It is a huge pleasure to be here with you tonight.
And to be giving the Hugo Young Lecture.
Hugo Young was a figure of great decency and integrity.
He wrote beautifully and insightfully and gave journalism a good name.
As Alan Rusbridger wrote after his death, “Hugo never forgot why he was there: not to make friends or amiably to chew the political cud, but to report and to explain.”
Of the many things that made Hugo Young famous, was the phrase “one of us”.
It was the title he gave to his renowned biography of Margaret Thatcher.
As Hugo began the book:
“Is he one of us? The question became one of the emblematic themes of the Thatcher years.”
“Posed by Mrs Thatcher it defined the test which politicians and other public officials vying for her favour were required to pass.”
Now, I cite this not because I think we should take it as a model for government.
Nor for appointing civil servants.
But in the use of the phrase, Hugo Young was making an important point.
The very fact that Lady Thatcher was able to ask that question meant that she was absolutely clear what she stood for.
Prime Ministers are elected on a manifesto and make policy on that basis.
But in my view whether they achieve lasting change depends not just on specific policies but whether they can define the purpose and mission of their government.
With thousands of decisions taken in government every day, unless there is that sense of purpose, ministers and the people who support them will simply go their own way.
And the whole will be far less than the sum of the parts.
This is particularly true when it comes to the incredibly complex task of running the state and public services.
Over twenty Whitehall departments, more than a hundred local authorities, thousands of hospitals and schools.
Millions of choices are made each year in these organizations.
Even the most hands-on Prime Minister cannot determine those choices—nor should they want to.
But a Prime Minister and a government can establish a culture for the way public services ought to work.
And the reality is that it doesn’t need civil servants to be ‘one of us’ to respond.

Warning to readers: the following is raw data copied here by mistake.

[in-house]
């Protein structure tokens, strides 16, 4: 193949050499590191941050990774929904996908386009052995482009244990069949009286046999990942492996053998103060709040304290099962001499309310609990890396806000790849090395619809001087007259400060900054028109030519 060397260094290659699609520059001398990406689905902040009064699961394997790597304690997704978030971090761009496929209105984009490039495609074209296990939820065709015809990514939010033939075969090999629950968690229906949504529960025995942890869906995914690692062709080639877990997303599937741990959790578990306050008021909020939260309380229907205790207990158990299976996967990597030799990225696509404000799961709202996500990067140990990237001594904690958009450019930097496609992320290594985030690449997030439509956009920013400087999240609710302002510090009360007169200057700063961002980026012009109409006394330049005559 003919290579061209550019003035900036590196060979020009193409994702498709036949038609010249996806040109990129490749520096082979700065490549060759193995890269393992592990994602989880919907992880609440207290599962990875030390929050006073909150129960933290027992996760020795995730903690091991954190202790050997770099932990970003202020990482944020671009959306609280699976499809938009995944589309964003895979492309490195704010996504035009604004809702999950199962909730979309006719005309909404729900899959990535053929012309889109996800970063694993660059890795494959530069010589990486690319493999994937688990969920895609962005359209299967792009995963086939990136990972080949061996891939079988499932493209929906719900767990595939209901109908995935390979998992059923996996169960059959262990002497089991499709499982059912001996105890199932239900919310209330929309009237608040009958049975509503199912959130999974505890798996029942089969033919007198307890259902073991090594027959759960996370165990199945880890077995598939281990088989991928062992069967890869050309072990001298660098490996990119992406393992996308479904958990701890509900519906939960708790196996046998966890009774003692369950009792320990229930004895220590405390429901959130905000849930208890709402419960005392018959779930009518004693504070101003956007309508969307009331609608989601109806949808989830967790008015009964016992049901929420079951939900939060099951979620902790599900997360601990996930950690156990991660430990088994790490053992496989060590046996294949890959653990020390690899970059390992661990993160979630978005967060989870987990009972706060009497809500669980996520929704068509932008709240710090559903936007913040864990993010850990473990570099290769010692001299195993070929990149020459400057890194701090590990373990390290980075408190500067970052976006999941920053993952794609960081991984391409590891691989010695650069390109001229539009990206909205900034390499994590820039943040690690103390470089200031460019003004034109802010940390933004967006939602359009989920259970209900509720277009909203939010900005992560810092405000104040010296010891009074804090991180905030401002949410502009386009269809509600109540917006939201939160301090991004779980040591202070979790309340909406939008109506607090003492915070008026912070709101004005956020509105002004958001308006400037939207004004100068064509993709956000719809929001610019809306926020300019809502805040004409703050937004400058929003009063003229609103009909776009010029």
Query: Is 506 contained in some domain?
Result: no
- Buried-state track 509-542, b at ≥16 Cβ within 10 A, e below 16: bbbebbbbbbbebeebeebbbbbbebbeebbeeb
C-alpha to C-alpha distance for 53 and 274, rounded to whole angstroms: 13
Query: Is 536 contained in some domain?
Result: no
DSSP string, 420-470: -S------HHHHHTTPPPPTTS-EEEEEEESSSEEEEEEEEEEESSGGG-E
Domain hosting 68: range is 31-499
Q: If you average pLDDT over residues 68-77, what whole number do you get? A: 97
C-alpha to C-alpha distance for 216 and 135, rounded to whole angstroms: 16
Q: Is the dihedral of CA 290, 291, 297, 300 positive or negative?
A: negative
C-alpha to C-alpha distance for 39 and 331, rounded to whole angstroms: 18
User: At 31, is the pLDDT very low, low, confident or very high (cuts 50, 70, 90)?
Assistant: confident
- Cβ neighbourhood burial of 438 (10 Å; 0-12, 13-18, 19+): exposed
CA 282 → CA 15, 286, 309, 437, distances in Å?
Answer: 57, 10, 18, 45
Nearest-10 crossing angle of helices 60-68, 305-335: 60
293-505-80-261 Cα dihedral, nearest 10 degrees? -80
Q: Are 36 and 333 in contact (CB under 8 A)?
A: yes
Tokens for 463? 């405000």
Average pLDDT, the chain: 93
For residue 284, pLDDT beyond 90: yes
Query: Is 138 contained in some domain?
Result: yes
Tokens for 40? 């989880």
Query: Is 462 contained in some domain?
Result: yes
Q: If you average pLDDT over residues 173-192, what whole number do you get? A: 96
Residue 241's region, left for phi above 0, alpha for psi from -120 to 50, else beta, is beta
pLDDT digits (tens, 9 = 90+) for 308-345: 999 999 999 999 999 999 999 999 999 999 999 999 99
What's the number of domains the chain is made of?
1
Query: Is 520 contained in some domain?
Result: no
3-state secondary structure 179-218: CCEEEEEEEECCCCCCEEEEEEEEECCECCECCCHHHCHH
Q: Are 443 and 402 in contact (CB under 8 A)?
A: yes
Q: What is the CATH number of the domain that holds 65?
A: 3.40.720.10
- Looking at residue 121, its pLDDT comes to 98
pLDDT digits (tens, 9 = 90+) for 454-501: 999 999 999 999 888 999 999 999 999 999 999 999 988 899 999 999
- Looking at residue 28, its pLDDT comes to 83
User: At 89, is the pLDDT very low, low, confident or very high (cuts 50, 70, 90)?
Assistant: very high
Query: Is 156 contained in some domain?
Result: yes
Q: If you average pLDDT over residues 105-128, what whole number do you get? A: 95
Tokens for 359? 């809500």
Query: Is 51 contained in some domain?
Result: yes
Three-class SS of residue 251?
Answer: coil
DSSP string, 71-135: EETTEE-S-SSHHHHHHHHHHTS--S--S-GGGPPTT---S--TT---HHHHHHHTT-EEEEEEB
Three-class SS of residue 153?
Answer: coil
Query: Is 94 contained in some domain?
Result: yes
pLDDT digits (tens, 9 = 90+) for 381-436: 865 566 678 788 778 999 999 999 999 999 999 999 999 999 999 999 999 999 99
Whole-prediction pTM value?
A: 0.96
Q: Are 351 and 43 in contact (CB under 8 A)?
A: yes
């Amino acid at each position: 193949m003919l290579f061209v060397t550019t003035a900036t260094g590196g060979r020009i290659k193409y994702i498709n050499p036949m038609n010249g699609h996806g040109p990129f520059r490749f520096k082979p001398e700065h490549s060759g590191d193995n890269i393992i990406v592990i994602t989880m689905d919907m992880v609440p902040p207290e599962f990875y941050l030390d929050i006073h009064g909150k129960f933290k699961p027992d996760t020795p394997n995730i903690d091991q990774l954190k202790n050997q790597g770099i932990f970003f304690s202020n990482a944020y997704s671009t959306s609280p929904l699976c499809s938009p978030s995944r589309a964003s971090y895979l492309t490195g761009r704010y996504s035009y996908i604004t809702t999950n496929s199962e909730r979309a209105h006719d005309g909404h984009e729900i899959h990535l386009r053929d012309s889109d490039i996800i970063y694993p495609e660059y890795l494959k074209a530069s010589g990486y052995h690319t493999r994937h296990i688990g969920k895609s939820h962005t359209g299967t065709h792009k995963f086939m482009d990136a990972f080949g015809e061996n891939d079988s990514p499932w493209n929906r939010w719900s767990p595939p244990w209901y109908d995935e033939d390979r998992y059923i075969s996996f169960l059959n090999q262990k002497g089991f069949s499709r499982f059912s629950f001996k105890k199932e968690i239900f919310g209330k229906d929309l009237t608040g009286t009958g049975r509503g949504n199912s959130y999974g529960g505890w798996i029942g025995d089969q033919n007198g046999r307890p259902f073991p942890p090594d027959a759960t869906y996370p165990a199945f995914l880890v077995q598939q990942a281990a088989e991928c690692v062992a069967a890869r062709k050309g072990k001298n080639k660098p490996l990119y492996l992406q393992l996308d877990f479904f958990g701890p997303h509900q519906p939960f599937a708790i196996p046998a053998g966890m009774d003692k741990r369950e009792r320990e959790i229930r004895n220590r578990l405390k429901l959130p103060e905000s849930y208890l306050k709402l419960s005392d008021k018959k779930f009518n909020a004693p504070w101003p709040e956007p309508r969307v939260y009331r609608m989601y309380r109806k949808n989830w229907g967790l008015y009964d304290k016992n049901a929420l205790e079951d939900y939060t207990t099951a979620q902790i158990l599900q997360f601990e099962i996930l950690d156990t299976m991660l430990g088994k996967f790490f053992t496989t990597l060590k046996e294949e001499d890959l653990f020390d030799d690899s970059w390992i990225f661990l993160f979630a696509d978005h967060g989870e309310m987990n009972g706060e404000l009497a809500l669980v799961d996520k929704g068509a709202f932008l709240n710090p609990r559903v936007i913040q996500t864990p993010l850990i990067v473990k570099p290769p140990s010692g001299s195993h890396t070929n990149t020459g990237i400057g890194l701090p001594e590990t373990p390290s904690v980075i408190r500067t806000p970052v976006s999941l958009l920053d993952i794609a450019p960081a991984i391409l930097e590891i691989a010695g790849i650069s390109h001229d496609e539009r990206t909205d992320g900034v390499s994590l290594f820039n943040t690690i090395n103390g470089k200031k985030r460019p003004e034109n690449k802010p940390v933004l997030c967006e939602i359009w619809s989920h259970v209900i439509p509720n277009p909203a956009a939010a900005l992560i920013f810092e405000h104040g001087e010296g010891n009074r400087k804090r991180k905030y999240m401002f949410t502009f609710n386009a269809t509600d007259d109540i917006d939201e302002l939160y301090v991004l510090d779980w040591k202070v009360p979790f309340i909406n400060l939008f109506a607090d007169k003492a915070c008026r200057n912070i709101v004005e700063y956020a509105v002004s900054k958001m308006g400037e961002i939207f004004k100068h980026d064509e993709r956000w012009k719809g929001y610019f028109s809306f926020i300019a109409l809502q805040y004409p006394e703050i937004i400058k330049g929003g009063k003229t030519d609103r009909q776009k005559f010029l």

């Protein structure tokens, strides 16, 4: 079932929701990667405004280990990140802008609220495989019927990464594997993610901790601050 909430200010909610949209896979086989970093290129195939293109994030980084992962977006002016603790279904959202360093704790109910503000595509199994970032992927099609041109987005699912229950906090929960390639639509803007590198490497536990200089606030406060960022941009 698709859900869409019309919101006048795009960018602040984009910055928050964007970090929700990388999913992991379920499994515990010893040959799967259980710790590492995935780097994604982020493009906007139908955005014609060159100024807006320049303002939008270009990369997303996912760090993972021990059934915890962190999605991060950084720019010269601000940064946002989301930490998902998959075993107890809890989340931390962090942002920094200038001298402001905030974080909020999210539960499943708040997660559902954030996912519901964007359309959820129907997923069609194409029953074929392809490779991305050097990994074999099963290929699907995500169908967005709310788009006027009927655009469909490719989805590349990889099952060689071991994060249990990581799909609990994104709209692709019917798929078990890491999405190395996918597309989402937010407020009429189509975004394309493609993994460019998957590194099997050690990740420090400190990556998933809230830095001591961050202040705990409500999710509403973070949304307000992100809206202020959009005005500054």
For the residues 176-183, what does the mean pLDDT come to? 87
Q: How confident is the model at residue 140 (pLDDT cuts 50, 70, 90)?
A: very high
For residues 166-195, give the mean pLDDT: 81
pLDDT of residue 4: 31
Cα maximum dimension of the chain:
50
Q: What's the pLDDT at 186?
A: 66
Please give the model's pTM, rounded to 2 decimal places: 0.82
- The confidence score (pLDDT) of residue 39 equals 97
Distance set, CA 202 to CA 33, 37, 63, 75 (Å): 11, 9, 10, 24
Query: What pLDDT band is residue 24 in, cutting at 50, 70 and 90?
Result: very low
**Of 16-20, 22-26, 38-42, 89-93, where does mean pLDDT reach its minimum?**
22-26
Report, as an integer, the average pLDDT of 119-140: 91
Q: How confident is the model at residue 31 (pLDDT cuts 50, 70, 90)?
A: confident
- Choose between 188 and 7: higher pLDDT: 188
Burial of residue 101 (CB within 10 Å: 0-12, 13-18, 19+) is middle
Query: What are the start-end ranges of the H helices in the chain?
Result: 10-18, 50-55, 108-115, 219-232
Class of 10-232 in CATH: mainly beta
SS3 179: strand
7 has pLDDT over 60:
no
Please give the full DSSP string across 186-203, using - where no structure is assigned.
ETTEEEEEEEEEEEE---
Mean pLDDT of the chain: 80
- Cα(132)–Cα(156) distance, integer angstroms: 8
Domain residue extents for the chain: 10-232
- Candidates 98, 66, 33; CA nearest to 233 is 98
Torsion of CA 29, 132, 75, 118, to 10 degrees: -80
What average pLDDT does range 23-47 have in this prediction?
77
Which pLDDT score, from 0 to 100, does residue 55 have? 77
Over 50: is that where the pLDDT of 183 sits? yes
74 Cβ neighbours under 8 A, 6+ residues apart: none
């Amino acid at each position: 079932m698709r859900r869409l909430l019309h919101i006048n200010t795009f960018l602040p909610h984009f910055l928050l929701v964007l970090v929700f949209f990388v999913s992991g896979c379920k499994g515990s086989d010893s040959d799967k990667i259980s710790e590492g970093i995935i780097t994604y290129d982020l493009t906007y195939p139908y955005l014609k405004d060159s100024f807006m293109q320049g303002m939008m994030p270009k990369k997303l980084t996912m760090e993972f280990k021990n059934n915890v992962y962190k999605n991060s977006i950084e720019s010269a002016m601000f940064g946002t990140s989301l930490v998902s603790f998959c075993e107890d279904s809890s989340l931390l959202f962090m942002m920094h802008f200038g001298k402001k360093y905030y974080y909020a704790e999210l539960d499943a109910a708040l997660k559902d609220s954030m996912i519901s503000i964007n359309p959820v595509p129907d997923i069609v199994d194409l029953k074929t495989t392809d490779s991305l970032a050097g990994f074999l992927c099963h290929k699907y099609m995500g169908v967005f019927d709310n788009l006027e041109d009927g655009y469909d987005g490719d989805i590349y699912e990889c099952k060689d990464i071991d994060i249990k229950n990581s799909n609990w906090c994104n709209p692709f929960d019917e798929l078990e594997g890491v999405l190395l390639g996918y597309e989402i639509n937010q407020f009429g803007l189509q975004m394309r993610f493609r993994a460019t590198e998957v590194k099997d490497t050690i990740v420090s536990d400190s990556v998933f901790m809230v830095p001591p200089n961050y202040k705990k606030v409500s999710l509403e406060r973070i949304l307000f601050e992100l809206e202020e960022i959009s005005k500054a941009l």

All of my experience is that public servants want a sense of the culture of public service the government wishes to see.
Because this sense of purpose acts as a guide for them.
My aim tonight is to say what that mission would be if I was Prime Minister.
My case is that the time demands a new culture in our public services.
Not old-style, top-down central control, with users as passive recipients of services.
Nor a market-based individualism which says we can simply transplant the principles of the private sector lock, stock and barrel into the public sector.
The time in which we live and the challenges we face demand that we should always be seeking instead to put more power in the hands of patients, parents and all the users of services.
Unaccountable concentrations of power wherever we find them don’t serve the public interest and need to be held to account.
But this is about much more than the individual acting simply as a consumer.
It is about voice as well as choice.
Individuals working together with each other and with those professionals who serve them.
This commitment to people powered public services will be at the heart of the next Labour government and tonight I want to set out why it matters, and what it means in practice.
This vision for public services is rooted in one of the key principles that drive my politics.
The principle of equality.
In his poem, The Prairie Grass Dividing, Walt Whitman talks about what makes for a successful democracy and says it is about a country where people can “look carelessly in the faces of Presidents and Governors, as to say, Who are you?”
Of course, politicians today quite often have that experience.
But not quite in the spirit Walt Whitman meant.
He is expressing the belief that each person however powerful or powerless, matters as much as one another.
An ethical view about the equal worth of every citizen.
This is the foundation of my commitment to equality too.
Whoever you are, wherever you come from, you are of equal worth.
It is the standard I seek to hold myself to as a person.
It means seeking to walk in the shoes of others, not looking over their shoulder to someone more powerful.
And that defines my politics too.
Because from that flows a belief in equal opportunity.
How else can we fulfil our commitment to the equal worth of every citizen?
And from it also flows a belief that large inequalities of income and wealth scar our society and prevent the common life I believe in for our country.
As Benjamin Disraeli wrote in Sybil in 1845 the danger is of “two nations, between whom there is no intercourse and sympathy; who are as ignorant of each other’s habits, thoughts and feelings as if they were dwellers in different zones or inhabitants of different planets”.
Those words were true then and feel as true today.
For decades, inequality was off the political agenda.
But nationally and internationally, this is changing.
Many people across every walk of life in Britain – politics, charity and business – now openly say they believe that inequality is deeply damaging.
Internationally too, political and civic leaders are talking about inequality in a way that they haven’t for generations.
At the end of last month, President Obama put it right at…